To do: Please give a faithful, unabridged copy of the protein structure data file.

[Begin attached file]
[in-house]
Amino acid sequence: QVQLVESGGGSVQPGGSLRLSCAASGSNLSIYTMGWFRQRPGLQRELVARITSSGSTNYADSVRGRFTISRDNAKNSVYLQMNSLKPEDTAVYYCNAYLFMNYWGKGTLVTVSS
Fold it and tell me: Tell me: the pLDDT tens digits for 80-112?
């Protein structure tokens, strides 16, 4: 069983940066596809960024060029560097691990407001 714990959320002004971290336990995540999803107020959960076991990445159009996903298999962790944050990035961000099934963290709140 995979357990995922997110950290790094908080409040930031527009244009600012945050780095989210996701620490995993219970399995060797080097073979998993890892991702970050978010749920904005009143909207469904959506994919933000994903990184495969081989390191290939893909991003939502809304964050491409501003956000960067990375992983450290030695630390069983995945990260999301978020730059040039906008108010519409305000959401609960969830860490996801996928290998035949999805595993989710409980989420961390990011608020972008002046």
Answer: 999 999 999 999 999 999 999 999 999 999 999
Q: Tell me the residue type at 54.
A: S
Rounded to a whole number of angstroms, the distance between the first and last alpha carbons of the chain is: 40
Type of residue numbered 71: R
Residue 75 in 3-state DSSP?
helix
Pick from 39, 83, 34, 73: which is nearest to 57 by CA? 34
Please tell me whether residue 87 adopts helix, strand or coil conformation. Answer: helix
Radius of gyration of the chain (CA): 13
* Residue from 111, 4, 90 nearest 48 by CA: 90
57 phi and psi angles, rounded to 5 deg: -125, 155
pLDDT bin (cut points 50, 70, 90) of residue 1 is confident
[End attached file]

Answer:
[in-house]
Amino acid sequence: QVQLVESGGGSVQPGGSLRLSCAASGSNLSIYTMGWFRQRPGLQRELVARITSSGSTNYADSVRGRFTISRDNAKNSVYLQMNSLKPEDTAVYYCNAYLFMNYWGKGTLVTVSS
Fold it and tell me: Tell me: the pLDDT tens digits for 80-112?
């Protein structure tokens, strides 16, 4: 069983940066596809960024060029560097691990407001 714990959320002004971290336990995540999803107020959960076991990445159009996903298999962790944050990035961000099934963290709140 995979357990995922997110950290790094908080409040930031527009244009600012945050780095989210996701620490995993219970399995060797080097073979998993890892991702970050978010749920904005009143909207469904959506994919933000994903990184495969081989390191290939893909991003939502809304964050491409501003956000960067990375992983450290030695630390069983995945990260999301978020730059040039906008108010519409305000959401609960969830860490996801996928290998035949999805595993989710409980989420961390990011608020972008002046």
Answer: 999 999 999 999 999 999 999 999 999 999 999
Q: Tell me the residue type at 54.
A: S
Rounded to a whole number of angstroms, the distance between the first and last alpha carbons of the chain is: 40
Type of residue numbered 71: R
Residue 75 in 3-state DSSP?
helix
Pick from 39, 83, 34, 73: which is nearest to 57 by CA? 34
Please tell me whether residue 87 adopts helix, strand or coil conformation. Answer: helix
Radius of gyration of the chain (CA): 13
* Residue from 111, 4, 90 nearest 48 by CA: 90
57 phi and psi angles, rounded to 5 deg: -125, 155
pLDDT bin (cut points 50, 70, 90) of residue 1 is confident